By Katherine Hignett
Hospitals were desperate for PPE at the start of the UK’s Covid-19 outbreak, turning to DIY shops and even fetish websites to equip their staff in the face of scarce central provisions: something trust procurement heads called a “system failure”.
Nine months later, the UK is facing the opposite problem: a glut of PPE that cannot be adequately stored on our shores.
The Government’s PPE team has been working since at least September to stem the flow of kit from the Far East. Staff have been negotiating with suppliers to exit contracts and delay PPE production, say senior procurement sources in the Department of Health and Social Care and the NHS.
The UK’s storage capacity has been stretched to its limits by Brexit stockpiling and by recent influxes of PPE. Sources suggest between 28 and 30 warehouses of various sizes are currently being used to hold the equipment in the UK.
In early November, deals were struck for additional storage space in China: capacity for up to 240,000 pallets, at two warehouses. Sources describe these as a “short term solution” to hold overflow stock at source. Contract notices for the warehouses do not appear to have been published on Contracts Finder or in the Official Journal of the European Union. But sources say that emergency procurement rules were used instead of the usual formal tendering route.
It is hoped these measures will limit the impact of PPE shipments on the already fraught ocean freight network. Brexit, a shortage of empty containers and now, a freight ban from France, have put enormous strain on ports.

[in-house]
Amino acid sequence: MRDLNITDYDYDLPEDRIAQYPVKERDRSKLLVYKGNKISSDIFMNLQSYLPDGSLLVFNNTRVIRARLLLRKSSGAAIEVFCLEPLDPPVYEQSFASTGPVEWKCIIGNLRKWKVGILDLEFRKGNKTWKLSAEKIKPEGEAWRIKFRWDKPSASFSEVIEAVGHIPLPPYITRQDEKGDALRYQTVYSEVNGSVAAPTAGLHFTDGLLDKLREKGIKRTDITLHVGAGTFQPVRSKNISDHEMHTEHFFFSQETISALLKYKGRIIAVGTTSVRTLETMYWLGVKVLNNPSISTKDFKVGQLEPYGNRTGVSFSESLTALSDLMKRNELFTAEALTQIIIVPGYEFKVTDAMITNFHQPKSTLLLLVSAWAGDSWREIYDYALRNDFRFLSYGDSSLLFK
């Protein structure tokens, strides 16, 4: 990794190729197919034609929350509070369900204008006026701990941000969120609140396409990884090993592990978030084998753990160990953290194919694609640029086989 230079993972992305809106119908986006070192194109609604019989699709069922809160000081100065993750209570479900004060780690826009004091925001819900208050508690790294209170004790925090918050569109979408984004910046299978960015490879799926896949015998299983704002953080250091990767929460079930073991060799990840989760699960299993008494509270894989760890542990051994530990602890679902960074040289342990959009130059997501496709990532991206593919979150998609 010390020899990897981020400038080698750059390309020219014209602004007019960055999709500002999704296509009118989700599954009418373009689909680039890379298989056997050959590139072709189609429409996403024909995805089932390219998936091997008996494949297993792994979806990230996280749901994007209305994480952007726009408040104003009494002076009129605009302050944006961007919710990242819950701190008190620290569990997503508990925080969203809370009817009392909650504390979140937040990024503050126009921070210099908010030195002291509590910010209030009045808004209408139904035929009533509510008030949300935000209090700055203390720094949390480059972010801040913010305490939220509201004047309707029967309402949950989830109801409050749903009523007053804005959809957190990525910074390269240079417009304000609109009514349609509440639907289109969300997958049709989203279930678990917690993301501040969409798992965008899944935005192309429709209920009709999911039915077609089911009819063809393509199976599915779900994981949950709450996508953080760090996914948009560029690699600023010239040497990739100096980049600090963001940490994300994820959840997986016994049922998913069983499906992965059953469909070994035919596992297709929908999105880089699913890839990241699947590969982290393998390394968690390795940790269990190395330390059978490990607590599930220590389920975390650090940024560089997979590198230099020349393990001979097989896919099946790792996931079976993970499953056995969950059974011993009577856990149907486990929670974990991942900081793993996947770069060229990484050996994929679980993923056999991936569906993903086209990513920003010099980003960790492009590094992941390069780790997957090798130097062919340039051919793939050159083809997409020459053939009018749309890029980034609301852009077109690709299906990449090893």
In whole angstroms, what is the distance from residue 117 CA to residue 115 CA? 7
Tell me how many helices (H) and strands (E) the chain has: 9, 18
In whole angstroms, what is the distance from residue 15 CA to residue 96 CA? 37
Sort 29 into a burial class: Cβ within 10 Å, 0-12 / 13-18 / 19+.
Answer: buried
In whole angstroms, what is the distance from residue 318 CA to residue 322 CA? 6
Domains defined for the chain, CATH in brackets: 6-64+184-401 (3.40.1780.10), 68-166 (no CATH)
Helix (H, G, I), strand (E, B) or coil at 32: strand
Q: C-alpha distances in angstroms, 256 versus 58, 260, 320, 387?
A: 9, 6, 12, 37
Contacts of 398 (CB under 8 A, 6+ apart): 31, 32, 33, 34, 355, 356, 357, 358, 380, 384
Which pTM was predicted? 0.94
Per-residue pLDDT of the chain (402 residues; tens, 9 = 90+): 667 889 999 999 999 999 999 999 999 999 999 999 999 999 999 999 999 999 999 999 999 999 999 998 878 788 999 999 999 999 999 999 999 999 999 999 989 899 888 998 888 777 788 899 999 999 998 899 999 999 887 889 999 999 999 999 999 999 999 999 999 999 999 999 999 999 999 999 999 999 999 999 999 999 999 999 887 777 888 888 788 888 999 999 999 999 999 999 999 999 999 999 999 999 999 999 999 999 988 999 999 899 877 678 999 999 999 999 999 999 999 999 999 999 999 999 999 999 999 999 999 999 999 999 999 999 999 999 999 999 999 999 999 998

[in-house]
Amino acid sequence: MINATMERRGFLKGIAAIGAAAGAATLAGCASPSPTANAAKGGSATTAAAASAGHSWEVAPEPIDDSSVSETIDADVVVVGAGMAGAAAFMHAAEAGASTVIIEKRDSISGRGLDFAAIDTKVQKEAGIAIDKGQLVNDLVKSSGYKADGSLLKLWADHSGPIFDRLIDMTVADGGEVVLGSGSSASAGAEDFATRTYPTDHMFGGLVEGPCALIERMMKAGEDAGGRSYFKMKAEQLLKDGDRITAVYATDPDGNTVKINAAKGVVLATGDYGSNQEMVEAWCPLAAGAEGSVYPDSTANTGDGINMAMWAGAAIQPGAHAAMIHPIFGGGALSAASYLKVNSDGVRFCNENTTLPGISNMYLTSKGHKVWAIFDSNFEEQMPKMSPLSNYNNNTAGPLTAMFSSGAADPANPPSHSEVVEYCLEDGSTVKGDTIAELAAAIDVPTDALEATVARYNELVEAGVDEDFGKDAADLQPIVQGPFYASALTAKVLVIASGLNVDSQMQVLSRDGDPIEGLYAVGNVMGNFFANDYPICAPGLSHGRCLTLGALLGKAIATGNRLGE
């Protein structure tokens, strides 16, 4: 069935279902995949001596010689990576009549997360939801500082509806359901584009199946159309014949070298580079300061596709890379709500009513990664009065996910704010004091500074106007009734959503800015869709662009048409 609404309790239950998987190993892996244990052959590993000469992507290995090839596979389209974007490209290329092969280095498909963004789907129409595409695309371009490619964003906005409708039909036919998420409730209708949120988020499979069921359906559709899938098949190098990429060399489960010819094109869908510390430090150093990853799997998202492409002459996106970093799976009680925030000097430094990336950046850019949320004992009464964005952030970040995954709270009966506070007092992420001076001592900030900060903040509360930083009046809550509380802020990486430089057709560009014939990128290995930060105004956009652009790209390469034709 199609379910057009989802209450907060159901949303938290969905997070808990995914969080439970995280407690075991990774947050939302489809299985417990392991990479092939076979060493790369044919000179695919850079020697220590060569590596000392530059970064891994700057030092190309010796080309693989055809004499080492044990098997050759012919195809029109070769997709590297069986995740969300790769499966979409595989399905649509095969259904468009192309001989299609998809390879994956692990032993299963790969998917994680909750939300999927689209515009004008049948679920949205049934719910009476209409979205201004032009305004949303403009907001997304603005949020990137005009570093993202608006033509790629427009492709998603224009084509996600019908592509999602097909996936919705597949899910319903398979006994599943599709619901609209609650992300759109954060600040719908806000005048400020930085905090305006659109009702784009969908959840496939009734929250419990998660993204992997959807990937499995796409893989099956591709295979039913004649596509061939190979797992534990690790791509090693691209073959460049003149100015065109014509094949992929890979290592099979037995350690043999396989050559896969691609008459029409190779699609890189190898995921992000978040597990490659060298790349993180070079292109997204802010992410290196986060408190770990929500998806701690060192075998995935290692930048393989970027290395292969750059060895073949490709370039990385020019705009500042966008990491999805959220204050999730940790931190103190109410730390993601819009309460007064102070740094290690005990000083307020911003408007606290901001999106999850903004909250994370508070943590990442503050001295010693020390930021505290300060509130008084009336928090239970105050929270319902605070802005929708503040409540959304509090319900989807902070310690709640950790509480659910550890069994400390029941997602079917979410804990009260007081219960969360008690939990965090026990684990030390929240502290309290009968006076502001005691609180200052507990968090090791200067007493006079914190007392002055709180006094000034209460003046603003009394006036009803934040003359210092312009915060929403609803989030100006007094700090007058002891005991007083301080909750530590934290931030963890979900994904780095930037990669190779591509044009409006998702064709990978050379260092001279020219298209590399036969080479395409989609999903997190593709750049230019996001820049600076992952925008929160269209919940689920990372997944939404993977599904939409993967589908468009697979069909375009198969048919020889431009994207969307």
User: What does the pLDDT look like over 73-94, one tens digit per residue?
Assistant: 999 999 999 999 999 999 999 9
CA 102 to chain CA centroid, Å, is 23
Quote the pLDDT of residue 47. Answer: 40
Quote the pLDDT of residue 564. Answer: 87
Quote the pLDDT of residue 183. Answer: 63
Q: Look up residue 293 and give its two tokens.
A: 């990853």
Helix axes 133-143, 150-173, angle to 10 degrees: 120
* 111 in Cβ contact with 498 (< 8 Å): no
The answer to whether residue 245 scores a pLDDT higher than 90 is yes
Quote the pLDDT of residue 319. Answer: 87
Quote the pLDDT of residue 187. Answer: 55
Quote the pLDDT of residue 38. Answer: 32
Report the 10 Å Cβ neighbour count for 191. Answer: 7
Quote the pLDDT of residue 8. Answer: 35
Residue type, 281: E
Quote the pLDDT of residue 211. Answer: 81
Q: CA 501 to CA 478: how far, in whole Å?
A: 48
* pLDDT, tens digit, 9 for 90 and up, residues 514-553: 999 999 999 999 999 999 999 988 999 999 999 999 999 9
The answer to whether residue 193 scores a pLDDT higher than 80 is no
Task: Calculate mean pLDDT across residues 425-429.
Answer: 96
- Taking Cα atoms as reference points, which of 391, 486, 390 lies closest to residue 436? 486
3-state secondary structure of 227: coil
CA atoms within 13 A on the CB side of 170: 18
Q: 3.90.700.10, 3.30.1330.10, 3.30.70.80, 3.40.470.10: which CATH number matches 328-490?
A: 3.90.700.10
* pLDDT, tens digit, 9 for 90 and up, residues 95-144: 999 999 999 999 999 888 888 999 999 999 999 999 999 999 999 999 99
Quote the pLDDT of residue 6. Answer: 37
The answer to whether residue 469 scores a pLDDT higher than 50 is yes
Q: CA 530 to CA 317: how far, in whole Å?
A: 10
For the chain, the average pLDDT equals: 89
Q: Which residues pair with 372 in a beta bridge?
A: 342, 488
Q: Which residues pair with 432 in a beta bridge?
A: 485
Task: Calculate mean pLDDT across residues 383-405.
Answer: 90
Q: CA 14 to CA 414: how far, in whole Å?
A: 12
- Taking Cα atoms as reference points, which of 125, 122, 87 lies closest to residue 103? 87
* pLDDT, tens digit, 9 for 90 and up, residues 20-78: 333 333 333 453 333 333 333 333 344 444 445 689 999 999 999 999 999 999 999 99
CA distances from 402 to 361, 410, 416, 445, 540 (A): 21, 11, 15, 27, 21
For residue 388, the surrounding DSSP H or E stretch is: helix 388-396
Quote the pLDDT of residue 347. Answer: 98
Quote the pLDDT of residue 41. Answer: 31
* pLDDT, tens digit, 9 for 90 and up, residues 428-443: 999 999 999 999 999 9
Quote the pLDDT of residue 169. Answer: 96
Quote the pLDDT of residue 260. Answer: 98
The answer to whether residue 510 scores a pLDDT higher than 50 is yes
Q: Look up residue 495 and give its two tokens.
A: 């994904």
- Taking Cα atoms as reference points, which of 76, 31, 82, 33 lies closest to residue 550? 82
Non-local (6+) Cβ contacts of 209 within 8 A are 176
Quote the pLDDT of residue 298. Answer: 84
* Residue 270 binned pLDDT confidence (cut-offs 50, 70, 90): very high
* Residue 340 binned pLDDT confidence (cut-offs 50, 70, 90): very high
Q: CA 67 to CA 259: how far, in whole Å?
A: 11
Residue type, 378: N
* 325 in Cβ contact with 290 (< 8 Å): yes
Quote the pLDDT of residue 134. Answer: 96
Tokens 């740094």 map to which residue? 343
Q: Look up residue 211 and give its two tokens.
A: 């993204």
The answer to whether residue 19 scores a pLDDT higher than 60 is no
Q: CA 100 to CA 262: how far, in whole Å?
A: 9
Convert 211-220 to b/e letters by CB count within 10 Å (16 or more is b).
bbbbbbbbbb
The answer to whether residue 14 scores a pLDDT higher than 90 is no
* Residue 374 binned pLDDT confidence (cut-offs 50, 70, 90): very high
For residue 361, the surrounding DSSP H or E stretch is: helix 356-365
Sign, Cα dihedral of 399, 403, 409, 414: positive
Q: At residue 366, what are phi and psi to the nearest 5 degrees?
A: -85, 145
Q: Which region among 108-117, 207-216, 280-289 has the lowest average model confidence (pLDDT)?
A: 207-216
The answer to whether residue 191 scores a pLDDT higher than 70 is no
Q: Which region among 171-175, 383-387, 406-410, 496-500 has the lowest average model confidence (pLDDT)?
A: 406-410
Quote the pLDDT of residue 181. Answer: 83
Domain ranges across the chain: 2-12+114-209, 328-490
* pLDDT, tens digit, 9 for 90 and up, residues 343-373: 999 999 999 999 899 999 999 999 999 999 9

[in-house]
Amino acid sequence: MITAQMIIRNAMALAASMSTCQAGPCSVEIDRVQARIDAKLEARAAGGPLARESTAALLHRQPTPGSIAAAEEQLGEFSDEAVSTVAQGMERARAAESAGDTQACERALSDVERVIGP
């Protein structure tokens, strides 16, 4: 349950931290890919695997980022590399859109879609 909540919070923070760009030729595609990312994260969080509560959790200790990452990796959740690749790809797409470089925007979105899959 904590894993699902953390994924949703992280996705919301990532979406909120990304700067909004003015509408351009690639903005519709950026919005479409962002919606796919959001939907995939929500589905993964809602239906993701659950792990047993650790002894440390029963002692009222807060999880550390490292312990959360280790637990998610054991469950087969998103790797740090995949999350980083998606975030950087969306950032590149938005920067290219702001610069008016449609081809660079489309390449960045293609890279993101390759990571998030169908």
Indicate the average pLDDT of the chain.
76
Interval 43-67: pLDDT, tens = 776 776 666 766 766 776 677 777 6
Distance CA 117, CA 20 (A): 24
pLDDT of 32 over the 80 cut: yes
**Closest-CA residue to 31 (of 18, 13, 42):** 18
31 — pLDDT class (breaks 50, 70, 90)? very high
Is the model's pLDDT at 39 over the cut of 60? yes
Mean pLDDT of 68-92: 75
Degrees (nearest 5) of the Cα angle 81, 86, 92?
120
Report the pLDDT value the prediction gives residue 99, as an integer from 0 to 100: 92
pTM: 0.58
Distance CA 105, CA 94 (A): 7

Large PPE shipments have already created chaos at ports, with a PPE backlog equivalent to at least 11,000 20ft containers causing a major bottleneck at the Port of Felixstowe last month. This backlog — which peaked at roughly 14,000 containers, according to one source — has since been moved from Felixstowe. But as The Guardian and ITV News revealed on Friday, it seems many of these containers have simply been shifted to other ports including the nearby Port of Ipswich.
Early PPE orders were made according to “worst-case scenario” demand models produced by management consultant firm McKinsey. Procurement sources at both the DHSC and the NHS have repeatedly expressed their frustration over a lack of access to these models, which appear to be behind the current glut. One senior source told me: “The [volume of] PPE we’ve got is unprecedented. We’ve obviously ordered loads more than we need.”
Of the 32 billion items of PPE ordered since the start of the pandemic, some 22 billion have either been delivered or are in transit, with the vast majority imported from the Far East. Yet the most recent statistics show just 5.9 billion items have been distributed to hospital trusts and other care organisations in England so far, with another four months’ worth of key equipment being stockpiled in the UK.
With many contracts and invoices still to be published, it’s not yet clear how successful procurement staff have been in negotiating down future orders — or whether this will add to the already enormous cost of PPE.
Katherine Hignett is a health policy reporter who previously served as procurement correspondent for the Health Service Journal. She recently earned an “Excellence in Reporting Coronavirus” nod from Press Gazette for her work exposing PPE shortages.